When I was fifteen, I wanted to be a writer, which is not especially uncommon among bookish fifteen-year-olds.
I had an amazingly encouraging creative writing teacher in high school, who believed in giving us assignments and letting us hand in something entirely unrelated if the whim struck us. He cared more that we were writing something that interested us and hitting the required word count than finishing each writing exercise to the letter. (I have learned that he’s had some mystery novels recently published, which thrills me!) We also got bonus points for doing things like research on markets and such, doubtlessly to try to impress into our you, stubborn brains that writing the book is only half the work.)
However, I went on to do various other things with my life, and though I find having a certain skill at stringing words together on the page is a huge asset, I don’t find that I have the burning desire to be a writer at this point in my life. Because, let’s face it, it’s a lot of work. (I can say this with a fair amount of certainty– I’m married to a writer, my mom is a writer, a lot of our friends are writers–I’m surrounded!) Maybe at some point, I’ll find that I have stories I want to tell, and that work will all seem worth it. That time is not now. My tendencies towards massive amounts procrastination don’t help much either…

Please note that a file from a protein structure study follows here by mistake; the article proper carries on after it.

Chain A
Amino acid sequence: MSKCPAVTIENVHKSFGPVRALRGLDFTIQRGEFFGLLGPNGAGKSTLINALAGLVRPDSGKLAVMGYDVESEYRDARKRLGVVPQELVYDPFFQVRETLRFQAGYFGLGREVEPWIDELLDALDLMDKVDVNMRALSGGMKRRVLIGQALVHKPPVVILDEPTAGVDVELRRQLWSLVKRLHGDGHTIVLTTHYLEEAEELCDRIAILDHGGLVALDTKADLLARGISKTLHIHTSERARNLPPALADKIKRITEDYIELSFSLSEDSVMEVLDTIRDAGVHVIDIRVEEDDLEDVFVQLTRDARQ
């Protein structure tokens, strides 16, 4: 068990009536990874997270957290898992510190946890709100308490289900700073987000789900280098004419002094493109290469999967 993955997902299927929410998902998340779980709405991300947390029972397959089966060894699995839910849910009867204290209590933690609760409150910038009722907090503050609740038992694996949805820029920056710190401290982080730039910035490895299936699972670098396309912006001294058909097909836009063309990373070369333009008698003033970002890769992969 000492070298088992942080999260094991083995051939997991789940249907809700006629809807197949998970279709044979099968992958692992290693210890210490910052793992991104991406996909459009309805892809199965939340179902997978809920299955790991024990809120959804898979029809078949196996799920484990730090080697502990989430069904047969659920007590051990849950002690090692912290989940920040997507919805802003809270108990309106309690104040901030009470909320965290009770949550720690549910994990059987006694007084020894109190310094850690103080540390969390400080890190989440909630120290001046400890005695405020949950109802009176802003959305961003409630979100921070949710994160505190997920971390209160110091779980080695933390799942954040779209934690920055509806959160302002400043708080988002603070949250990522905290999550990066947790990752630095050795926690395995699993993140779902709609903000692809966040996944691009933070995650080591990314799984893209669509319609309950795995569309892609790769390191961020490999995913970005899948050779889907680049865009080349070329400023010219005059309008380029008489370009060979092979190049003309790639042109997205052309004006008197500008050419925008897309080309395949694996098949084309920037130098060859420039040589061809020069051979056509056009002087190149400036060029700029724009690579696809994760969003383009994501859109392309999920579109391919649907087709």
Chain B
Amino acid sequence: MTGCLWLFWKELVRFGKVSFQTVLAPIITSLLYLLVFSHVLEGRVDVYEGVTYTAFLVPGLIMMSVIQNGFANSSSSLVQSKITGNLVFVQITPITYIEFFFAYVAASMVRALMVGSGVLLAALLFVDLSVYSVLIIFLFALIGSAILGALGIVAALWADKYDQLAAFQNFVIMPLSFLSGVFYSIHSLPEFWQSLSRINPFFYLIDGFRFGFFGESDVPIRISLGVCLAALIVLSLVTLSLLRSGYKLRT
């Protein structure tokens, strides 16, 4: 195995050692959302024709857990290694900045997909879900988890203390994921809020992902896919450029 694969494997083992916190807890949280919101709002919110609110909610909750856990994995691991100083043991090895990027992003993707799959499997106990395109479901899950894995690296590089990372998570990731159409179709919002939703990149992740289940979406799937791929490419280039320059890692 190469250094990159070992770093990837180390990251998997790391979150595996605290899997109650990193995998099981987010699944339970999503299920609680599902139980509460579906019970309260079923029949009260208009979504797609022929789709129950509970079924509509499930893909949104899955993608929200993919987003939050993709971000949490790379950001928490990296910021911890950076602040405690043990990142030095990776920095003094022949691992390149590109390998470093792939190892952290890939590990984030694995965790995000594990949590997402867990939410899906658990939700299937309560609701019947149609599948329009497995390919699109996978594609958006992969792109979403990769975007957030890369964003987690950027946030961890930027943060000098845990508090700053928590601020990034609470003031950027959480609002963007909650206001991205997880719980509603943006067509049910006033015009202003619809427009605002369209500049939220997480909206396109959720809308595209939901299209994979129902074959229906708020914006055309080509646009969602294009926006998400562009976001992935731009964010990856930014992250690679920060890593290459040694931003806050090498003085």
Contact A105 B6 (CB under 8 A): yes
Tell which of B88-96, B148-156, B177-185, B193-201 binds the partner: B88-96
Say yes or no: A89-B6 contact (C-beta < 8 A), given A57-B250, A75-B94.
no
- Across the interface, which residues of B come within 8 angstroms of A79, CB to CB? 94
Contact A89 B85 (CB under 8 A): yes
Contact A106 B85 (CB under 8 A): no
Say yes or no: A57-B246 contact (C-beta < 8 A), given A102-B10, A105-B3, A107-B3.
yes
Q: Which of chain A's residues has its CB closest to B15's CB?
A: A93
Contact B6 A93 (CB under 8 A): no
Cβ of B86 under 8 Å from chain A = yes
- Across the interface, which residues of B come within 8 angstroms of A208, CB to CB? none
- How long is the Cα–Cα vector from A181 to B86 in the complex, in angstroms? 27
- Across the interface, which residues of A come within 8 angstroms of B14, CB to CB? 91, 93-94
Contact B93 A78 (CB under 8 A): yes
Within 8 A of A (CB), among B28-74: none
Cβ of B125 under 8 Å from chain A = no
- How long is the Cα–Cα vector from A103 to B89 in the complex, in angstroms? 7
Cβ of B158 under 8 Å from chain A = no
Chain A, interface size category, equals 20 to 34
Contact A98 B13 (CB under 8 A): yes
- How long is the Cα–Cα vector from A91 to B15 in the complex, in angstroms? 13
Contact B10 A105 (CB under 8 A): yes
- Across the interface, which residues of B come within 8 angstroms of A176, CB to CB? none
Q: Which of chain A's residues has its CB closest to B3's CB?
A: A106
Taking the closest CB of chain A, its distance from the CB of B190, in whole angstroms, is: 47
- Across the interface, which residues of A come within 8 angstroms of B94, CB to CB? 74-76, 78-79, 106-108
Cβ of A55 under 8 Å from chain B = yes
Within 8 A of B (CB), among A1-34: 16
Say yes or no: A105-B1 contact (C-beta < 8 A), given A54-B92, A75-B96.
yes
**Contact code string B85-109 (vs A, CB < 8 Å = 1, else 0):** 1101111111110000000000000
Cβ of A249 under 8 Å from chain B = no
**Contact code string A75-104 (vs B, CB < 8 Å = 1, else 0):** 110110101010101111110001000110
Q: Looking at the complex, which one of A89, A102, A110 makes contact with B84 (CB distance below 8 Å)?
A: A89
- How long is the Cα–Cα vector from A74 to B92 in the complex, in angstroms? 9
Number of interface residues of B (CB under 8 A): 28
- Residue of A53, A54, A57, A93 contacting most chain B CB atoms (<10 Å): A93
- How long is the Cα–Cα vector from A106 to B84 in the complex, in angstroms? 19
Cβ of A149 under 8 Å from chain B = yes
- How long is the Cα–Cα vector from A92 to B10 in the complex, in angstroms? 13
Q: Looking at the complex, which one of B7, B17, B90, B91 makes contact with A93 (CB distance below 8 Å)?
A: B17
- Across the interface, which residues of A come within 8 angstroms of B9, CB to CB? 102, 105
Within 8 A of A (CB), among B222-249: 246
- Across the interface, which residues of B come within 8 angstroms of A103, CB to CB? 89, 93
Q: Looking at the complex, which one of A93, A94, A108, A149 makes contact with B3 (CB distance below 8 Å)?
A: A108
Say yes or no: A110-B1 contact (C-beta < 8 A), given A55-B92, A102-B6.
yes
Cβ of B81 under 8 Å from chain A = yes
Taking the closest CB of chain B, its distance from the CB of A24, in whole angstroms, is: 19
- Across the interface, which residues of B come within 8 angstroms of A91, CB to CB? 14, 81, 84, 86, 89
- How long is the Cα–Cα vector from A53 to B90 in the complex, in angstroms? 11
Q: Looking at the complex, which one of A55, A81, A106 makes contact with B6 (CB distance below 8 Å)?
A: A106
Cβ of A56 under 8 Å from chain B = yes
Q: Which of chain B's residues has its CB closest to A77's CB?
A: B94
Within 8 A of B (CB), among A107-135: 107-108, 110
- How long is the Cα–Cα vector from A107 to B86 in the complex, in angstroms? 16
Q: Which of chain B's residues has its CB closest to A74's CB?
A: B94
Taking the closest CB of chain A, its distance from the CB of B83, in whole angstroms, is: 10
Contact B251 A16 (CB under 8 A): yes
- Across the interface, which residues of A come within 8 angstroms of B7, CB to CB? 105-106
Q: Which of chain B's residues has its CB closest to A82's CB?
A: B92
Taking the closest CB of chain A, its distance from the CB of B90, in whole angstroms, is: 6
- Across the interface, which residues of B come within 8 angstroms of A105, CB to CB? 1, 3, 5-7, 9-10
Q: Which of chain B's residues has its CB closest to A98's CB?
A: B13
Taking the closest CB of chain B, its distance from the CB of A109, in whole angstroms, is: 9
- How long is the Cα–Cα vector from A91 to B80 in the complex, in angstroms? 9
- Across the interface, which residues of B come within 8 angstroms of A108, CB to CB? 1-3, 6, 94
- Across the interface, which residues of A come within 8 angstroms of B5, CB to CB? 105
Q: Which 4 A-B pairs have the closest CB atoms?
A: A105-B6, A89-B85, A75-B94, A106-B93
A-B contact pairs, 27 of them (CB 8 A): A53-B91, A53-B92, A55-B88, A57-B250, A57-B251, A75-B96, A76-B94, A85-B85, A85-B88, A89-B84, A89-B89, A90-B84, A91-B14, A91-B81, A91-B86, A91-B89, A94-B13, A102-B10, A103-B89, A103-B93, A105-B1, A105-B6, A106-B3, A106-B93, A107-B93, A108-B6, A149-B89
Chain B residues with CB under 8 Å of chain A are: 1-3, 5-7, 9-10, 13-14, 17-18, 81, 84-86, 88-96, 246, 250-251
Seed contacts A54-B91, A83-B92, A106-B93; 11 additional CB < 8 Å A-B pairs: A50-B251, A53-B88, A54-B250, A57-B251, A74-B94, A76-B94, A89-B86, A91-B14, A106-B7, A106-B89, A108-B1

And looking back at the stuff I wrote when I was fifteen, I am so very, very, very glad that it didn’t get published anywhere. Let’s face it, most teen writers are not S.E. Hinton or Christopher Paolini or even Amelia Atwater-Rhodes. (Most beginning writers of any age need to, well, spend enough time writing and practicing that they’re not beginning writers any more, but I digress.)
A while ago, Jon Scalzi wrote 10 Things Teenage Writers Should Know About Writing. Number one was, The Bad News: Right Now, Your Writing Sucks. He’s recently followed that up with On Teens, And the Fact That Their Writing Sucks, which has prompted Justine Larbalestier to link back to her article Too Young To Publish and post some of her own thoughts on beginning writers.
And on an only vaguely related tangent, I was reminded how much I love Joss Whedon, rewatching his speech on why he writes strong female characters. “Because you’re still asking me that question.” There’s a couple of minutes of intro first, but Joss is there. If you haven’t heard it, go. Go now and watch.